The ad-blocking problem continues to challenge publishers and advertisers alike.

Figures from the IAB released last November revealed 18% of consumers in the United Kingdom had deployed ad-blocking software. And, the rate of growth of ad-blocker deployment in the UK between June 2014 and June 2015 was 82%, according to PageFair, which offers publishers the ability to serve simple, unfussy ads to people who arrive on their sites with ad blockers turned on.

That’s exactly double the global growth figure of 41%, which is, in and of itself, worryingly high.

News media readers are turning to ad blockers at alarming rates.
News media readers are turning to ad blockers at alarming rates.

There seems to be broad agreement on why people are deploying ad blockers. There are two principal factors. The first is because they can. It’s never been easier to click on a link and download a bit of software that will speed up your browsing experience.

But being able to do something is not always reason enough to want to do it. In the case of the ad blockers, the digital advertising industry has shot itself in the foot by bombarding Web users with an array of intrusive ad formats – pop-unders, pop-overs, interstitials, auto-play videos, etc. – to the point where people (lots of them!) have had enough.

It stands to reason, really. If I didn’t have kids who insist on turning the car radio to Capital whenever we get in the car to take them to or pick them up from anywhere, I wouldn’t go within a million megahertz of a commercial radio station. I find radio ads unbelievably irritating, especially the ones for financial products, where the lengthy list of terms and conditions have to be read at breakneck speed to squeeze them into the last five or 10 seconds of the ad.

So for me the solution is obvious: As soon as the kids are out of the car and headed for the netball court or the dance hall, I turn the radio off and switch to the CD player. Ad blockers make it just as easy for Web users to do the same with online advertising.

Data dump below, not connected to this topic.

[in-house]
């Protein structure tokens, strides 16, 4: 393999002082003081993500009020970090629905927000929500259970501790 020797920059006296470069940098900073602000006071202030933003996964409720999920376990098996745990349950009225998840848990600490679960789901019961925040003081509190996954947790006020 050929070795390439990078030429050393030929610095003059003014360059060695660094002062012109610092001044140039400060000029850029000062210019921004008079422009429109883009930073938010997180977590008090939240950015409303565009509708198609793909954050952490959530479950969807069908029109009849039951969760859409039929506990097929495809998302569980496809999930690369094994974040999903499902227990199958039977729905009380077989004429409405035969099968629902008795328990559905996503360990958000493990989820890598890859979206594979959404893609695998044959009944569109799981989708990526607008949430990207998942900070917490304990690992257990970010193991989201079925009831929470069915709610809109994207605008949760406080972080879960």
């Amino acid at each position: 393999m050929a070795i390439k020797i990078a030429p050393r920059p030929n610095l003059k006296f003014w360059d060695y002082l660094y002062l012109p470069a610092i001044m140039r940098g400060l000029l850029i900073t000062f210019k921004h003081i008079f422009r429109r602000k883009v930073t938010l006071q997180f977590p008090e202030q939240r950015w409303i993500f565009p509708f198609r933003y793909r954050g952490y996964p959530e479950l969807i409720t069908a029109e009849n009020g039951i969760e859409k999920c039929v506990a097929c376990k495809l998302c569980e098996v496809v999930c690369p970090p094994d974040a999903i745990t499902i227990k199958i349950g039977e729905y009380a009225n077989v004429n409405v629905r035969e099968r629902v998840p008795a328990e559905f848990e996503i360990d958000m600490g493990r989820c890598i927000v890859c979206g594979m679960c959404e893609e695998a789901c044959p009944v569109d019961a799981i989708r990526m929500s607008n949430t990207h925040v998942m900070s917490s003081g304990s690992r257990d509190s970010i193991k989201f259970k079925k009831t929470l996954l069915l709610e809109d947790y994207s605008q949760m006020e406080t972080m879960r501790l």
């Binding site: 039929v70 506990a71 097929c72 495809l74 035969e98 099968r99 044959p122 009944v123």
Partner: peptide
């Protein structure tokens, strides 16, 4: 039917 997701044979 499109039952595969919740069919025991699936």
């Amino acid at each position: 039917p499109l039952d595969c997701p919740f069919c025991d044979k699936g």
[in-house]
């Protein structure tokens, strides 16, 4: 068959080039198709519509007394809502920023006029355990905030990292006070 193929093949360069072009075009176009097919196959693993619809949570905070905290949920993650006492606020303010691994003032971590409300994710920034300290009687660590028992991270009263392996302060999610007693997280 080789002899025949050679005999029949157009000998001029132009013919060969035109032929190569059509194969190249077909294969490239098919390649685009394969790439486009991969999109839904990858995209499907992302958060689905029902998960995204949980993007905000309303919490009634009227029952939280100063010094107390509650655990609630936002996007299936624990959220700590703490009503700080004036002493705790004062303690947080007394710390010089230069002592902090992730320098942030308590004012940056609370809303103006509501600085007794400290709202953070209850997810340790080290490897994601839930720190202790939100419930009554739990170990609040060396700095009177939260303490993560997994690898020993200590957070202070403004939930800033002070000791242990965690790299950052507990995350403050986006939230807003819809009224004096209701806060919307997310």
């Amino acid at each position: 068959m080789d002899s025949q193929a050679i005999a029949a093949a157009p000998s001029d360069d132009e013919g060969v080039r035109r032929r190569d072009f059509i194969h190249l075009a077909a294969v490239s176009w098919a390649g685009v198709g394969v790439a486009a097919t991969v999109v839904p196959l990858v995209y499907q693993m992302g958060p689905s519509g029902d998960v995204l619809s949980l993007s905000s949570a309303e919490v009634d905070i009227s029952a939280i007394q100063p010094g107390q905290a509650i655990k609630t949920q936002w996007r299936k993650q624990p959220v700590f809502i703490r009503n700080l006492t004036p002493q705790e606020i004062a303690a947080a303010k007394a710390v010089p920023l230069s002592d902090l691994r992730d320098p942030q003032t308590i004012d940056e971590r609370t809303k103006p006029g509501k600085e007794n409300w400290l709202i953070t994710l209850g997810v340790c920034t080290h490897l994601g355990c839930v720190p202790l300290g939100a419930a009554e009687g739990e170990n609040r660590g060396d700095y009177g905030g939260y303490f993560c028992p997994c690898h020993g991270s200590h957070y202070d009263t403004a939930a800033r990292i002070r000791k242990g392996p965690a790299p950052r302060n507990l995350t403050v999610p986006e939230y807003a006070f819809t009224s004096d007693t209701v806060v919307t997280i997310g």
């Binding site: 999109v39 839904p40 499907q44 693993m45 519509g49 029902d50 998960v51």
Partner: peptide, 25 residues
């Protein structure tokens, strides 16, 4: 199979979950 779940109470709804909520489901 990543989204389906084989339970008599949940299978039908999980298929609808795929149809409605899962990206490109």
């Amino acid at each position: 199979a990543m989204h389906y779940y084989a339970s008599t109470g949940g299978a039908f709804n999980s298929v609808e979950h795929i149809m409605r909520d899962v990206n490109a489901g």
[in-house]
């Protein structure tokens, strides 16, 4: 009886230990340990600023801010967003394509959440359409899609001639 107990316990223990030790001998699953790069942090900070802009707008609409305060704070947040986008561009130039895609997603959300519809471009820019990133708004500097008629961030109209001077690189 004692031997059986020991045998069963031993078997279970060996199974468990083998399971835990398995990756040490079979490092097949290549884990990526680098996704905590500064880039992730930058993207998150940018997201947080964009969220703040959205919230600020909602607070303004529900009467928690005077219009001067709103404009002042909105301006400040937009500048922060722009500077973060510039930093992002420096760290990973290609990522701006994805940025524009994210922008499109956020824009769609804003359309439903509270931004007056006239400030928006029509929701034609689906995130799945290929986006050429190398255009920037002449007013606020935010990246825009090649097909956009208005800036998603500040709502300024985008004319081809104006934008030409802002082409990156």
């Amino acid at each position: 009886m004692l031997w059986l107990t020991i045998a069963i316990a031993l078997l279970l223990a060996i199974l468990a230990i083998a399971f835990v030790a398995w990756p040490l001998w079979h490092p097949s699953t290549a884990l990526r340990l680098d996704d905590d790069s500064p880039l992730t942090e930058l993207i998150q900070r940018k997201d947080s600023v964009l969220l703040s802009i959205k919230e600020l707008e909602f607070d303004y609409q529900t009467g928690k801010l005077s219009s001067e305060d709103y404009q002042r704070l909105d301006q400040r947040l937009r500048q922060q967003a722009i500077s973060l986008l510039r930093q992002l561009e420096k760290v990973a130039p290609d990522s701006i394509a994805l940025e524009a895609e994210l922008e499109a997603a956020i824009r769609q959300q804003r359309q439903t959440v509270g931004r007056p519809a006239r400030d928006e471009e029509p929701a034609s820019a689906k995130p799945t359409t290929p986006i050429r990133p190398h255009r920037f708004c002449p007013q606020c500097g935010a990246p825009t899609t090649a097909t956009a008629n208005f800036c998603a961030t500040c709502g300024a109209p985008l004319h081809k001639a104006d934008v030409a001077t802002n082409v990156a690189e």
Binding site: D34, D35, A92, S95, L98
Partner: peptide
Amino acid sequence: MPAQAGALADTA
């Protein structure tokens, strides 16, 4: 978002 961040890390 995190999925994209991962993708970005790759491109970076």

This idea – that the principal reason Web users deploy ad blockers is because the ads are irritating or irrelevant – has led many commentators to conclude that at least part of the solution is to move toward a more engaging type of ad.

Make the ad relevant and contextual and people won’t want to deploy ad blockers. We might even win back the hearts and minds of some of those who have used them, the argument goes.

Native is the poster child for this thoroughly modern way of targeting the modern consumer in a non-intrusive way.

I can see how people reach this conclusion, but I’ve struggled to buy it ever since I first heard it mooted. And my suspicions were confirmed this week when I spoke to PageFair CEO Sean Blanchfield.

He told me that when the company asked 400 consumers in the United States what would cause them to start using ad-blocking software if they weren’t already, the relevance of the ad figured much lower in responses than privacy issues.

In fact, just 10% of respondents said they would start using an ad blocker “if marketers don’t improve their ability to target ads,” while 50% said they would do so “if I feel my personal data is being misused to personalise the ads.”

“Everyone seems to be striving to deliver more personalised ads, but these assume something that people would not want in real life; the idea that a stranger knows all about them,” Blanchfield says.

“Personalised ads and retargeting without permission is, by definition, creepy — this idea that some third party knows what Web sites you’ve been on in the last week. Brand advertising was healthy for a long time before the advent of third-party cookies. Just because it’s possible, doesn’t mean you should do it.”

Retargeting, of course, is a soft target, mainly because it’s usually done so badly. Ads follow you around the Web for weeks, or even months, after you’ve bought the product advertisers are trying to sell you from another site – or even from the retailer still trying to get you to buy it.

But those who engage in it, not unnaturally, swear by its ability to convert consumers who would not otherwise have bought. And it will take more than one naysayer to change their tune.

But I think Blanchfield makes a very valid point. Additionally, to his credit, he points out that ad blocking on mobile is still very small beer, almost too small to mention. It’s much more of a problem on desktop because it only applies to the Web, as opposed to apps, and apps are not a “thing” on the big Web.

But this will change, of course, as ad blocking inevitably finds its way into apps. Blanchfield, for one, has no doubts about the scale of the ad-blocking problem.

“This has unbounded consequences,” he says. “Left unchecked, there’s no reason why it could not wipe out Internet advertising.”

So if you’re one of those who thinks that ad blocking is a passing fad that will be blown away on a tide of ever-more personalised and engaging (or, alternatively, creepy) advertising, perhaps it’s time to think again.